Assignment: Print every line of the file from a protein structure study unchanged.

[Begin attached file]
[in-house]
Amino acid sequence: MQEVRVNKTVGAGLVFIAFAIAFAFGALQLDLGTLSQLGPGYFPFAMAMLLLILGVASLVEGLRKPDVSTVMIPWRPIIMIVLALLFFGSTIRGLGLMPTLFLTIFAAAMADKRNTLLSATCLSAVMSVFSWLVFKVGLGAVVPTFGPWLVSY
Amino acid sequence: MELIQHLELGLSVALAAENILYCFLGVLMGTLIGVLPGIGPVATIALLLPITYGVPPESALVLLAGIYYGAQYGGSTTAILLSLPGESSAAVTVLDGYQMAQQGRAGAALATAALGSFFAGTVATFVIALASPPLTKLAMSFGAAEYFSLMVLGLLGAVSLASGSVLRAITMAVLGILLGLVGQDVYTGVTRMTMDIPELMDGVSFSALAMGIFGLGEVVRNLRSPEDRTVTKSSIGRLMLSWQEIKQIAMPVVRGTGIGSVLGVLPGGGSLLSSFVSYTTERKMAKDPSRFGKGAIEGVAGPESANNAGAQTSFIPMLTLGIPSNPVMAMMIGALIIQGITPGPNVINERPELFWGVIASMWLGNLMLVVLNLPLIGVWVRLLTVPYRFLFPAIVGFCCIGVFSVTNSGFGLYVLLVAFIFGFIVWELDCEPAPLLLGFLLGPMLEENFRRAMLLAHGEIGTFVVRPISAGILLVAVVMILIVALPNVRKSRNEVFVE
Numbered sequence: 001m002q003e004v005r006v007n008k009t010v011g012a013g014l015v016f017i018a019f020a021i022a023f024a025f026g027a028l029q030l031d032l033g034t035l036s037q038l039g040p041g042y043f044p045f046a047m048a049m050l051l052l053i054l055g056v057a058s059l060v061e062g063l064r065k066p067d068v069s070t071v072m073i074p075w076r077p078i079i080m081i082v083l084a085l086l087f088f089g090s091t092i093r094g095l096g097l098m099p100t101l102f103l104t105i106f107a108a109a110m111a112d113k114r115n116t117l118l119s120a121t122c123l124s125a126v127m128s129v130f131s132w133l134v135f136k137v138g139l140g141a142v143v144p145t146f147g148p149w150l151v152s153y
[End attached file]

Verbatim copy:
[in-house]
Amino acid sequence: MQEVRVNKTVGAGLVFIAFAIAFAFGALQLDLGTLSQLGPGYFPFAMAMLLLILGVASLVEGLRKPDVSTVMIPWRPIIMIVLALLFFGSTIRGLGLMPTLFLTIFAAAMADKRNTLLSATCLSAVMSVFSWLVFKVGLGAVVPTFGPWLVSY
Amino acid sequence: MELIQHLELGLSVALAAENILYCFLGVLMGTLIGVLPGIGPVATIALLLPITYGVPPESALVLLAGIYYGAQYGGSTTAILLSLPGESSAAVTVLDGYQMAQQGRAGAALATAALGSFFAGTVATFVIALASPPLTKLAMSFGAAEYFSLMVLGLLGAVSLASGSVLRAITMAVLGILLGLVGQDVYTGVTRMTMDIPELMDGVSFSALAMGIFGLGEVVRNLRSPEDRTVTKSSIGRLMLSWQEIKQIAMPVVRGTGIGSVLGVLPGGGSLLSSFVSYTTERKMAKDPSRFGKGAIEGVAGPESANNAGAQTSFIPMLTLGIPSNPVMAMMIGALIIQGITPGPNVINERPELFWGVIASMWLGNLMLVVLNLPLIGVWVRLLTVPYRFLFPAIVGFCCIGVFSVTNSGFGLYVLLVAFIFGFIVWELDCEPAPLLLGFLLGPMLEENFRRAMLLAHGEIGTFVVRPISAGILLVAVVMILIVALPNVRKSRNEVFVE
Numbered sequence: 001m002q003e004v005r006v007n008k009t010v011g012a013g014l015v016f017i018a019f020a021i022a023f024a025f026g027a028l029q030l031d032l033g034t035l036s037q038l039g040p041g042y043f044p045f046a047m048a049m050l051l052l053i054l055g056v057a058s059l060v061e062g063l064r065k066p067d068v069s070t071v072m073i074p075w076r077p078i079i080m081i082v083l084a085l086l087f088f089g090s091t092i093r094g095l096g097l098m099p100t101l102f103l104t105i106f107a108a109a110m111a112d113k114r115n116t117l118l119s120a121t122c123l124s125a126v127m128s129v130f131s132w133l134v135f136k137v138g139l140g141a142v143v144p145t146f147g148p149w150l151v152s153y